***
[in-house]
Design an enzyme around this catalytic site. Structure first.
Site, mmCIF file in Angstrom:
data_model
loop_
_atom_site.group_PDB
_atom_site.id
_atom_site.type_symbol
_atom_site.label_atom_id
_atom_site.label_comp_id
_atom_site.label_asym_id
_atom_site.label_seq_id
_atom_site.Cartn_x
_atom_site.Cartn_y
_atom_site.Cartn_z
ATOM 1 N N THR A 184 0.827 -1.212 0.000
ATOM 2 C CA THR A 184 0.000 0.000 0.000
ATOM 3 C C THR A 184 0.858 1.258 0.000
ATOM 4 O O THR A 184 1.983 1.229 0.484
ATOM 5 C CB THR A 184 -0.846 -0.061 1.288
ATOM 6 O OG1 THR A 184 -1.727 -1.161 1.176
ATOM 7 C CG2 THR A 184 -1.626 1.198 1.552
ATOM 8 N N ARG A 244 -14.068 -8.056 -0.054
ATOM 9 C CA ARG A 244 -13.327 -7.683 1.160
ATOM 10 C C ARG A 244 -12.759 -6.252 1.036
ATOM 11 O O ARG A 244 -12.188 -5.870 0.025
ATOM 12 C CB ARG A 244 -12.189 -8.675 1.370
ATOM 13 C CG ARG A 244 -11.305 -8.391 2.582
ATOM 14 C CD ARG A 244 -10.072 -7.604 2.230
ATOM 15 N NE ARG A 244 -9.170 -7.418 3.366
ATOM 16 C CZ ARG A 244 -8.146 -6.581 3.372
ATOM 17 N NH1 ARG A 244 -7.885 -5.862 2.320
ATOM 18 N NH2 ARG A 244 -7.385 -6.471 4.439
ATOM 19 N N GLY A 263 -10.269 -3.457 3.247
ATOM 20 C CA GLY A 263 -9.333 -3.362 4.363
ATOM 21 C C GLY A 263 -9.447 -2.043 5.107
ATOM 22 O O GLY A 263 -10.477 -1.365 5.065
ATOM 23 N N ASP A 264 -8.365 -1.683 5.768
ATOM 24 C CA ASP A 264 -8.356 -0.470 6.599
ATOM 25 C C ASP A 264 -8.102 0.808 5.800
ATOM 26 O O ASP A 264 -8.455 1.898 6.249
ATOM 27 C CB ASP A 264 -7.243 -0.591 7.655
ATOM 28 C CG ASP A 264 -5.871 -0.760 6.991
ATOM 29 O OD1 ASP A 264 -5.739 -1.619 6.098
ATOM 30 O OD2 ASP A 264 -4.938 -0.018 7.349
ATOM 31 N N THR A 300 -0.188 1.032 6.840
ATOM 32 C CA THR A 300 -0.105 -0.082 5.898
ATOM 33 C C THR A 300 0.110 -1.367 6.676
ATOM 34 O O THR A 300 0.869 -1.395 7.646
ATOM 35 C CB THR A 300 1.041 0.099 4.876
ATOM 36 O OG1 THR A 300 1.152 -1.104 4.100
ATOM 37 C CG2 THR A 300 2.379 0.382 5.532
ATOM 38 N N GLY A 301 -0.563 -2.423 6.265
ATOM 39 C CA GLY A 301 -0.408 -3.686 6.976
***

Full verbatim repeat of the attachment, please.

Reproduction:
[in-house]
Design an enzyme around this catalytic site. Structure first.
Site, mmCIF file in Angstrom:
data_model
loop_
_atom_site.group_PDB
_atom_site.id
_atom_site.type_symbol
_atom_site.label_atom_id
_atom_site.label_comp_id
_atom_site.label_asym_id
_atom_site.label_seq_id
_atom_site.Cartn_x
_atom_site.Cartn_y
_atom_site.Cartn_z
ATOM 1 N N THR A 184 0.827 -1.212 0.000
ATOM 2 C CA THR A 184 0.000 0.000 0.000
ATOM 3 C C THR A 184 0.858 1.258 0.000
ATOM 4 O O THR A 184 1.983 1.229 0.484
ATOM 5 C CB THR A 184 -0.846 -0.061 1.288
ATOM 6 O OG1 THR A 184 -1.727 -1.161 1.176
ATOM 7 C CG2 THR A 184 -1.626 1.198 1.552
ATOM 8 N N ARG A 244 -14.068 -8.056 -0.054
ATOM 9 C CA ARG A 244 -13.327 -7.683 1.160
ATOM 10 C C ARG A 244 -12.759 -6.252 1.036
ATOM 11 O O ARG A 244 -12.188 -5.870 0.025
ATOM 12 C CB ARG A 244 -12.189 -8.675 1.370
ATOM 13 C CG ARG A 244 -11.305 -8.391 2.582
ATOM 14 C CD ARG A 244 -10.072 -7.604 2.230
ATOM 15 N NE ARG A 244 -9.170 -7.418 3.366
ATOM 16 C CZ ARG A 244 -8.146 -6.581 3.372
ATOM 17 N NH1 ARG A 244 -7.885 -5.862 2.320
ATOM 18 N NH2 ARG A 244 -7.385 -6.471 4.439
ATOM 19 N N GLY A 263 -10.269 -3.457 3.247
ATOM 20 C CA GLY A 263 -9.333 -3.362 4.363
ATOM 21 C C GLY A 263 -9.447 -2.043 5.107
ATOM 22 O O GLY A 263 -10.477 -1.365 5.065
ATOM 23 N N ASP A 264 -8.365 -1.683 5.768
ATOM 24 C CA ASP A 264 -8.356 -0.470 6.599
ATOM 25 C C ASP A 264 -8.102 0.808 5.800
ATOM 26 O O ASP A 264 -8.455 1.898 6.249
ATOM 27 C CB ASP A 264 -7.243 -0.591 7.655
ATOM 28 C CG ASP A 264 -5.871 -0.760 6.991
ATOM 29 O OD1 ASP A 264 -5.739 -1.619 6.098
ATOM 30 O OD2 ASP A 264 -4.938 -0.018 7.349
ATOM 31 N N THR A 300 -0.188 1.032 6.840
ATOM 32 C CA THR A 300 -0.105 -0.082 5.898
ATOM 33 C C THR A 300 0.110 -1.367 6.676
ATOM 34 O O THR A 300 0.869 -1.395 7.646
ATOM 35 C CB THR A 300 1.041 0.099 4.876
ATOM 36 O OG1 THR A 300 1.152 -1.104 4.100
ATOM 37 C CG2 THR A 300 2.379 0.382 5.532
ATOM 38 N N GLY A 301 -0.563 -2.423 6.265
ATOM 39 C CA GLY A 301 -0.408 -3.686 6.976